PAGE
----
VR Enabled real-time simulation: NYT, Nature, BBC

Really excited to report that the open access Science Advances paper published by O’Connor et al. during the summer, entitled “Sampling molecular conformations and dynamics in a multiuser virtual reality framework” has since generated significant media exposure, having been picked up by a number of scientific media outlets. Nature, the New York Times, and the BBC’s “Science in Action” show (the VR piece begins 7 mins in) all contacted me in order to discuss the implications this work could have for nanotech research. It’s been exciting to witness the interest which the paper has generated. It certainly seems to be captivating people’s imaginations, and is attracting lots of attention by workers across academia & industry.

Science Advances virtual reality paper

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Working with academic colleagues from high-performance computing (HPC) and human-computer interaction (HCI), we recently published an open access paper entitled “Sampling molecular conformations and dynamics in a multiuser virtual reality framework” in the AAAS journal Science Advances. The paper described a scientifically rigorous, VR-enabled, multi-person, real-time interactive Molecular Dynamics (iMD) framework, which lets researchers use virtual reality to literally reach out & touch real-time molecular physics using cloud-mounted supercomputing.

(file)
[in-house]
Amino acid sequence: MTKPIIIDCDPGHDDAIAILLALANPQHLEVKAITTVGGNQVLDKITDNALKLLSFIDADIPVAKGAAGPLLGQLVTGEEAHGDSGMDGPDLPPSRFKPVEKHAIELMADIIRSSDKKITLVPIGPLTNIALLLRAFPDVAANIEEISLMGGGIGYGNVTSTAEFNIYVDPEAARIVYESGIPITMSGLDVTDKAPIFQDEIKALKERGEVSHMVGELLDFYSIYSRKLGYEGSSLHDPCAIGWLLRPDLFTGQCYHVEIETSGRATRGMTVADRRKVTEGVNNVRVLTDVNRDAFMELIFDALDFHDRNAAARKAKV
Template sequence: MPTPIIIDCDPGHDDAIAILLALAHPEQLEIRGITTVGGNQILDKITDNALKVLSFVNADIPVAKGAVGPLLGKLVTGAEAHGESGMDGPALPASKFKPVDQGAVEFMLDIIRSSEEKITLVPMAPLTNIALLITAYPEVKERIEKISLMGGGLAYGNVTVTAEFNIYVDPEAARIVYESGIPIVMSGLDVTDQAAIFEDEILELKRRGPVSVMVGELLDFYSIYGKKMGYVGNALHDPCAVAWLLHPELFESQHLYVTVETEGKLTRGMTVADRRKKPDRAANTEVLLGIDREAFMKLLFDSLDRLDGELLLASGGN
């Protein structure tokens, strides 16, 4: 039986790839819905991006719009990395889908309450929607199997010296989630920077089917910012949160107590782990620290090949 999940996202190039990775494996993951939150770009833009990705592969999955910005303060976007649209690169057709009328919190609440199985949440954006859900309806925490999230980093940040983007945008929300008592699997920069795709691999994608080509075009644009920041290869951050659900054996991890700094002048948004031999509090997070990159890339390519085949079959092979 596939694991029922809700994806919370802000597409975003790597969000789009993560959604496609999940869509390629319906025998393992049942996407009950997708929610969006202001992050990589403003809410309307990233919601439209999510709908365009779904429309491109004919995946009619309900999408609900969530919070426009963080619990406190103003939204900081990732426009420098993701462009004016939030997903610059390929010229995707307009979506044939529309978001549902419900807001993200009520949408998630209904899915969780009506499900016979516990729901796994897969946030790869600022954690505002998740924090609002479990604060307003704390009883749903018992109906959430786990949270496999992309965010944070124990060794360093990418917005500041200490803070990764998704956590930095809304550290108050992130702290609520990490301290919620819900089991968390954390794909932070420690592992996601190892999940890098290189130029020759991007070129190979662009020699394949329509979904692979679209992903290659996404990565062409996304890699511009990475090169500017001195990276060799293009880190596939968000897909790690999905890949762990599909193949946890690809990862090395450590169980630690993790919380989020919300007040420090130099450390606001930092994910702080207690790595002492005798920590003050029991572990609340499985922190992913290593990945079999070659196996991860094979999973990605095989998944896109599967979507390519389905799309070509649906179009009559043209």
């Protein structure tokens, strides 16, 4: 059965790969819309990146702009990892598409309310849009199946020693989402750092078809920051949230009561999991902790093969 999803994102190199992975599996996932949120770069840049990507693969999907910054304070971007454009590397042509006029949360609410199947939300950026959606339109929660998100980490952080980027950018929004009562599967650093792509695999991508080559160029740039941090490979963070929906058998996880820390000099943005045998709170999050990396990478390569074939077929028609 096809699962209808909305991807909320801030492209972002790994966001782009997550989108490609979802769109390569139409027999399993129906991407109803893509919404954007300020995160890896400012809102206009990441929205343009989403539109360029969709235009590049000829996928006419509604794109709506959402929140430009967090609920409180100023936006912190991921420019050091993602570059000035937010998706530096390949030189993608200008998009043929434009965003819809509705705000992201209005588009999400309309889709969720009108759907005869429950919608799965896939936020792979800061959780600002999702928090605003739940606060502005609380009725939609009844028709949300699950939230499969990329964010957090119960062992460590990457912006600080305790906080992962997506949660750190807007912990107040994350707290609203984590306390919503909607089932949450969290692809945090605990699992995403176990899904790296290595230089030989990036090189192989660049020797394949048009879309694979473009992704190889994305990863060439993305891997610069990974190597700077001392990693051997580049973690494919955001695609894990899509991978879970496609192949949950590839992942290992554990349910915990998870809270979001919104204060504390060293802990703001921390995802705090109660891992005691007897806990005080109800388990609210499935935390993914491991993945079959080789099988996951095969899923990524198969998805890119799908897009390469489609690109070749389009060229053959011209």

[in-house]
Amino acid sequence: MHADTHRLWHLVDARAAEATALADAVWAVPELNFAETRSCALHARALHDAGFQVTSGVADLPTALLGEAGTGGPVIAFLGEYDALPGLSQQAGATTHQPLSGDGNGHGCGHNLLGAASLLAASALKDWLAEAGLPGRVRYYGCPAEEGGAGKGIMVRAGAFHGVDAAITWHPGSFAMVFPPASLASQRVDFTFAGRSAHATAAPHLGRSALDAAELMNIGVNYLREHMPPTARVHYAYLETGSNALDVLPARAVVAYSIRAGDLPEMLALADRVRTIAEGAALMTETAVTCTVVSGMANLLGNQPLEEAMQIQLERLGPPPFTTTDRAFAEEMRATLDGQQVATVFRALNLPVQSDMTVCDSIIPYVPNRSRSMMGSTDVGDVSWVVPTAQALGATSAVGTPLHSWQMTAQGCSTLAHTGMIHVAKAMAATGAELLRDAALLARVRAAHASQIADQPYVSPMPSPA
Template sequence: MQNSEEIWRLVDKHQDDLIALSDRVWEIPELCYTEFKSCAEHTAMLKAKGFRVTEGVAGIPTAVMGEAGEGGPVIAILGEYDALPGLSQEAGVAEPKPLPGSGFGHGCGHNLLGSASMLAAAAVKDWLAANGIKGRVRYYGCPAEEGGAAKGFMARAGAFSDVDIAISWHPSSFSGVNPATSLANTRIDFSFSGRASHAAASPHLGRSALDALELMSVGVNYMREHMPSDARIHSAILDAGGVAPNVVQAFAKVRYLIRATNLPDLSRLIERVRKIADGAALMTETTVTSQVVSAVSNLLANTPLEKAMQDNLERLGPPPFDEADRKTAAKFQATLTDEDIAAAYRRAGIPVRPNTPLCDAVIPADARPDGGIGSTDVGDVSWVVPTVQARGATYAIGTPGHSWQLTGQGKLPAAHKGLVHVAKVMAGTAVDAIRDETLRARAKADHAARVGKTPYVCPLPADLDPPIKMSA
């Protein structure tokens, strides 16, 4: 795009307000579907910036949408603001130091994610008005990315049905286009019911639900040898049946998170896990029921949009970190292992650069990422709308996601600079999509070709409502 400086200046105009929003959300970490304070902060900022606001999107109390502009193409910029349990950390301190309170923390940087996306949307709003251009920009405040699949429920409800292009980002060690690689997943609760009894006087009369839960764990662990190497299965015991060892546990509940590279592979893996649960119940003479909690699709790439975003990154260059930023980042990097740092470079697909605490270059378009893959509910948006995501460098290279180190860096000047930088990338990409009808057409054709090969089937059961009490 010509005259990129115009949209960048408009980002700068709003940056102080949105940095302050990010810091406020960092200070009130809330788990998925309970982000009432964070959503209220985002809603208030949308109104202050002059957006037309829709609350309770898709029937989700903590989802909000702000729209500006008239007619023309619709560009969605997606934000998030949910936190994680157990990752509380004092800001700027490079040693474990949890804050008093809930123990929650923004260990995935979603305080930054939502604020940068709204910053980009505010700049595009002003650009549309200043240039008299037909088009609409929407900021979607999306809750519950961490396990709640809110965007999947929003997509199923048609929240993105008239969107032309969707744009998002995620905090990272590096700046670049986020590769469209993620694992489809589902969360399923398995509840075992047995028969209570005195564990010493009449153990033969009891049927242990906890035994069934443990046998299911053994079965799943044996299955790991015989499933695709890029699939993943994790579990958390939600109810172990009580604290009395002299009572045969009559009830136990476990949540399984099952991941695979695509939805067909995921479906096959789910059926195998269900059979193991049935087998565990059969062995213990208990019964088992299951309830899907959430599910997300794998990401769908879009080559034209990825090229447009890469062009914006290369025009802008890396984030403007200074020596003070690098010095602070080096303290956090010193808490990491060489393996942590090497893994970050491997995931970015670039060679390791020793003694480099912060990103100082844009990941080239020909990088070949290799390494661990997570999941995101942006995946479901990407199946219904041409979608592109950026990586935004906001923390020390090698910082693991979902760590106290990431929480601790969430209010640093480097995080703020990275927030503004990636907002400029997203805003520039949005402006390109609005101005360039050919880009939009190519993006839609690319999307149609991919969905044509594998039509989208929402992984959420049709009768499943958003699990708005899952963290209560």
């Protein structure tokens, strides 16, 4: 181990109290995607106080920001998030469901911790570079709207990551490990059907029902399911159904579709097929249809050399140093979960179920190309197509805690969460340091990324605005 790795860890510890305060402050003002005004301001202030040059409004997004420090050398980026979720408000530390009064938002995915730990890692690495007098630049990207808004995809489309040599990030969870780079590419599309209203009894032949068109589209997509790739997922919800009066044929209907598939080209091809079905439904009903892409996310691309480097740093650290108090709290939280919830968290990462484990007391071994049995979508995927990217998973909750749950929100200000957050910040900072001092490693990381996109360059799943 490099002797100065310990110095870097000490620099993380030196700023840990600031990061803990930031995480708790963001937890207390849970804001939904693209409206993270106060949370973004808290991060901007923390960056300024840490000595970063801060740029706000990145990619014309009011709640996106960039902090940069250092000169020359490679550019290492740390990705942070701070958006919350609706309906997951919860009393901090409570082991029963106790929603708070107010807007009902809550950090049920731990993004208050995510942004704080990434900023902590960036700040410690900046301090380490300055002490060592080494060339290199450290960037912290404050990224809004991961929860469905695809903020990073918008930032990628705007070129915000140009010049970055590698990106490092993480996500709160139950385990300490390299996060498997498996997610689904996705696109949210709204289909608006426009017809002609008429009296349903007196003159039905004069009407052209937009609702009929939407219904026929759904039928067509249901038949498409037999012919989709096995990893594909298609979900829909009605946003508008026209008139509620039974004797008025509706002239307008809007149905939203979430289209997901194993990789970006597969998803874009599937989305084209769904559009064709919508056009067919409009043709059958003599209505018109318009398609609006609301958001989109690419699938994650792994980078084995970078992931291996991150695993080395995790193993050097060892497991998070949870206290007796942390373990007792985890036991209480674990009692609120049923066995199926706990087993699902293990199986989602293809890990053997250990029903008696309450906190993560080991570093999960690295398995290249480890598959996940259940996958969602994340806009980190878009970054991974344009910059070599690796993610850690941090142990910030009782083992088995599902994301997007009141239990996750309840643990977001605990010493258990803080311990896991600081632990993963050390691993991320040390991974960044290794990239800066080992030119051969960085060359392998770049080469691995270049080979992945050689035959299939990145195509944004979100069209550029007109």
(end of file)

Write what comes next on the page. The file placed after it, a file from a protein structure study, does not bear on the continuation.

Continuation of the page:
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modern art oxford: future knowledge

On 17th June, Lisa May Thomas and I led a workshop at Modern Art Oxford entitled “Sculpting the Invisible World”. The work was part of the gallery’s ‘Future Knowledge’ program of events, curated by Emma Ridgway, and photographed by Stu Allsop. Using a pioneering multi-person virtual reality software framework, visitors were invited to interact within a virtual landscape as embodied energy fields. Methods from rigorous computational molecular physics and real-time digital rendering allowed digitally embodied participants to sculpt the dynamics of a simulated molecular nano-world, for example deforming buckminsterfullerene molecules, passing them back and forth, threading methane molecules through a carbon nanotube, and tying knots in proteins.
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Photosynthetic excitation energy transport

LH2

Another paper to report on (open-access link available here). This work examines excitation energy transport in LH2, a supramolecular photosynthetic complex which is found in the cell membranes of purple bacteria. Lots of people have gotten interested in LH2 ever since Graham Fleming’s group published a paper in 2007 reporting on fancy 2d spectroscopy which observed coherent quantum “beating” between initially prepared electronic states. Beating patterns of this sort are certainly of fundamental interest, and the experiments used to observe it were very nice; however, the consensus which seems to be emerging is that the “beating” is in fact not so important for explaining the efficiency at which photosynthetic systems transport electronic energy across their membranes.

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